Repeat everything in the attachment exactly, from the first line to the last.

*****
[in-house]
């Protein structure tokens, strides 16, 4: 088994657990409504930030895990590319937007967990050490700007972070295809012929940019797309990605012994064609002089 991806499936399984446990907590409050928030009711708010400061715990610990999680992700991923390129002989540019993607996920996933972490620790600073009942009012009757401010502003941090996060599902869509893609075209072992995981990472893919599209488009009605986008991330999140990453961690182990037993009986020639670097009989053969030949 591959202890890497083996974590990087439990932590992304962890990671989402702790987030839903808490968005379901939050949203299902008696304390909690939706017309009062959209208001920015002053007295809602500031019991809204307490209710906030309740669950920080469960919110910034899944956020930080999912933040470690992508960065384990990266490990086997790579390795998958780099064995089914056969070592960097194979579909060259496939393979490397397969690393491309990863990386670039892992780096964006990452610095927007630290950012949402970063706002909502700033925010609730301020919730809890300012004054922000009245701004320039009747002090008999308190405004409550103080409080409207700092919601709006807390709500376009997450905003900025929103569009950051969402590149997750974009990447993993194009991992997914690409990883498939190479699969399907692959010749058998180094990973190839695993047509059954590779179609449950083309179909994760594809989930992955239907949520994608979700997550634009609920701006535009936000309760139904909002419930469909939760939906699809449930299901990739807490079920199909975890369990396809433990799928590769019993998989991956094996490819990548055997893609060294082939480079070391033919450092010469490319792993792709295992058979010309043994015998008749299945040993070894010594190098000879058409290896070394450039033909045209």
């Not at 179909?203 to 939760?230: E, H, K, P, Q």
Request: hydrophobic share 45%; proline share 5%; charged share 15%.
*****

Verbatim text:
[in-house]
């Protein structure tokens, strides 16, 4: 088994657990409504930030895990590319937007967990050490700007972070295809012929940019797309990605012994064609002089 991806499936399984446990907590409050928030009711708010400061715990610990999680992700991923390129002989540019993607996920996933972490620790600073009942009012009757401010502003941090996060599902869509893609075209072992995981990472893919599209488009009605986008991330999140990453961690182990037993009986020639670097009989053969030949 591959202890890497083996974590990087439990932590992304962890990671989402702790987030839903808490968005379901939050949203299902008696304390909690939706017309009062959209208001920015002053007295809602500031019991809204307490209710906030309740669950920080469960919110910034899944956020930080999912933040470690992508960065384990990266490990086997790579390795998958780099064995089914056969070592960097194979579909060259496939393979490397397969690393491309990863990386670039892992780096964006990452610095927007630290950012949402970063706002909502700033925010609730301020919730809890300012004054922000009245701004320039009747002090008999308190405004409550103080409080409207700092919601709006807390709500376009997450905003900025929103569009950051969402590149997750974009990447993993194009991992997914690409990883498939190479699969399907692959010749058998180094990973190839695993047509059954590779179609449950083309179909994760594809989930992955239907949520994608979700997550634009609920701006535009936000309760139904909002419930469909939760939906699809449930299901990739807490079920199909975890369990396809433990799928590769019993998989991956094996490819990548055997893609060294082939480079070391033919450092010469490319792993792709295992058979010309043994015998008749299945040993070894010594190098000879058409290896070394450039033909045209």
């Not at 179909?203 to 939760?230: E, H, K, P, Q």
Request: hydrophobic share 45%; proline share 5%; charged share 15%.